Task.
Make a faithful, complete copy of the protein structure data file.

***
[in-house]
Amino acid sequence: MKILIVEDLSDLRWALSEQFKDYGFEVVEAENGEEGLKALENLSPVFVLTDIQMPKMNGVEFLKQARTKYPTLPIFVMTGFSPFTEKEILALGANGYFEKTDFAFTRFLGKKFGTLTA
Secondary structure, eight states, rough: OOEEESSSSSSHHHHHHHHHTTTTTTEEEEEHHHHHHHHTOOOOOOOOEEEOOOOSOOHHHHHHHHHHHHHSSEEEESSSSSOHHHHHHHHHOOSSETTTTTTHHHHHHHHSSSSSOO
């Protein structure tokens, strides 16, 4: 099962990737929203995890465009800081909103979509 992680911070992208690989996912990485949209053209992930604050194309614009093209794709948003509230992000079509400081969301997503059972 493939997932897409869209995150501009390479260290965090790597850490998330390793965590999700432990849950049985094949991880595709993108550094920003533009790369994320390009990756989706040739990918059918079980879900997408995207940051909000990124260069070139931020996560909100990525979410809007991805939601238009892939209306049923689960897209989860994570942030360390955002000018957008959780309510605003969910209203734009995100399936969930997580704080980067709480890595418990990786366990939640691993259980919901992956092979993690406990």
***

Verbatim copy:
[in-house]
Amino acid sequence: MKILIVEDLSDLRWALSEQFKDYGFEVVEAENGEEGLKALENLSPVFVLTDIQMPKMNGVEFLKQARTKYPTLPIFVMTGFSPFTEKEILALGANGYFEKTDFAFTRFLGKKFGTLTA
Secondary structure, eight states, rough: OOEEESSSSSSHHHHHHHHHTTTTTTEEEEEHHHHHHHHTOOOOOOOOEEEOOOOSOOHHHHHHHHHHHHHSSEEEESSSSSOHHHHHHHHHOOSSETTTTTTHHHHHHHHSSSSSOO
């Protein structure tokens, strides 16, 4: 099962990737929203995890465009800081909103979509 992680911070992208690989996912990485949209053209992930604050194309614009093209794709948003509230992000079509400081969301997503059972 493939997932897409869209995150501009390479260290965090790597850490998330390793965590999700432990849950049985094949991880595709993108550094920003533009790369994320390009990756989706040739990918059918079980879900997408995207940051909000990124260069070139931020996560909100990525979410809007991805939601238009892939209306049923689960897209989860994570942030360390955002000018957008959780309510605003969910209203734009995100399936969930997580704080980067709480890595418990990786366990939640691993259980919901992956092979993690406990």